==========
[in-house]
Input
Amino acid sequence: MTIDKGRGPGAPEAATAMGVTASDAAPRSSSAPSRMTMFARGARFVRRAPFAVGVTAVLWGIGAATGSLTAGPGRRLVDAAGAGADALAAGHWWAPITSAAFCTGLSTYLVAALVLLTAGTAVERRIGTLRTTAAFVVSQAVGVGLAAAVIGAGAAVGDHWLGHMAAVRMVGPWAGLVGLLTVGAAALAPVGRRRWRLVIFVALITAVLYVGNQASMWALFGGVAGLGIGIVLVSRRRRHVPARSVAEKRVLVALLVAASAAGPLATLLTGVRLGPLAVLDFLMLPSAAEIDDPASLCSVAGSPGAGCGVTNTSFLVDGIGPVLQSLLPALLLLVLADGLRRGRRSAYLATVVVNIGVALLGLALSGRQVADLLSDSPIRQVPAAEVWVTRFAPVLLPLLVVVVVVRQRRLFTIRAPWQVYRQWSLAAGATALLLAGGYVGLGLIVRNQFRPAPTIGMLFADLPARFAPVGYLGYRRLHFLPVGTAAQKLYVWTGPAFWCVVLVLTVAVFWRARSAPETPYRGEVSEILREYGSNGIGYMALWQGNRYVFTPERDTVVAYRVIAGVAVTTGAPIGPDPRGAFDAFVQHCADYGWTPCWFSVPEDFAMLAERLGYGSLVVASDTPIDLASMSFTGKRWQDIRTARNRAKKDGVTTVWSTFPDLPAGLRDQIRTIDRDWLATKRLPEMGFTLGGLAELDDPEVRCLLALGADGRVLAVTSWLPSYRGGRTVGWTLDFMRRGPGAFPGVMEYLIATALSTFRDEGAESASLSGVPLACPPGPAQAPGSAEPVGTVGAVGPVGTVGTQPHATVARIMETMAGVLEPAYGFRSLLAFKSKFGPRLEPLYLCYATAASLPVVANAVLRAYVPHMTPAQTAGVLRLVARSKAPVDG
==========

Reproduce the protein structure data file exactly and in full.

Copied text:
[in-house]
Input
Amino acid sequence: MTIDKGRGPGAPEAATAMGVTASDAAPRSSSAPSRMTMFARGARFVRRAPFAVGVTAVLWGIGAATGSLTAGPGRRLVDAAGAGADALAAGHWWAPITSAAFCTGLSTYLVAALVLLTAGTAVERRIGTLRTTAAFVVSQAVGVGLAAAVIGAGAAVGDHWLGHMAAVRMVGPWAGLVGLLTVGAAALAPVGRRRWRLVIFVALITAVLYVGNQASMWALFGGVAGLGIGIVLVSRRRRHVPARSVAEKRVLVALLVAASAAGPLATLLTGVRLGPLAVLDFLMLPSAAEIDDPASLCSVAGSPGAGCGVTNTSFLVDGIGPVLQSLLPALLLLVLADGLRRGRRSAYLATVVVNIGVALLGLALSGRQVADLLSDSPIRQVPAAEVWVTRFAPVLLPLLVVVVVVRQRRLFTIRAPWQVYRQWSLAAGATALLLAGGYVGLGLIVRNQFRPAPTIGMLFADLPARFAPVGYLGYRRLHFLPVGTAAQKLYVWTGPAFWCVVLVLTVAVFWRARSAPETPYRGEVSEILREYGSNGIGYMALWQGNRYVFTPERDTVVAYRVIAGVAVTTGAPIGPDPRGAFDAFVQHCADYGWTPCWFSVPEDFAMLAERLGYGSLVVASDTPIDLASMSFTGKRWQDIRTARNRAKKDGVTTVWSTFPDLPAGLRDQIRTIDRDWLATKRLPEMGFTLGGLAELDDPEVRCLLALGADGRVLAVTSWLPSYRGGRTVGWTLDFMRRGPGAFPGVMEYLIATALSTFRDEGAESASLSGVPLACPPGPAQAPGSAEPVGTVGAVGPVGTVGTQPHATVARIMETMAGVLEPAYGFRSLLAFKSKFGPRLEPLYLCYATAASLPVVANAVLRAYVPHMTPAQTAGVLRLVARSKAPVDG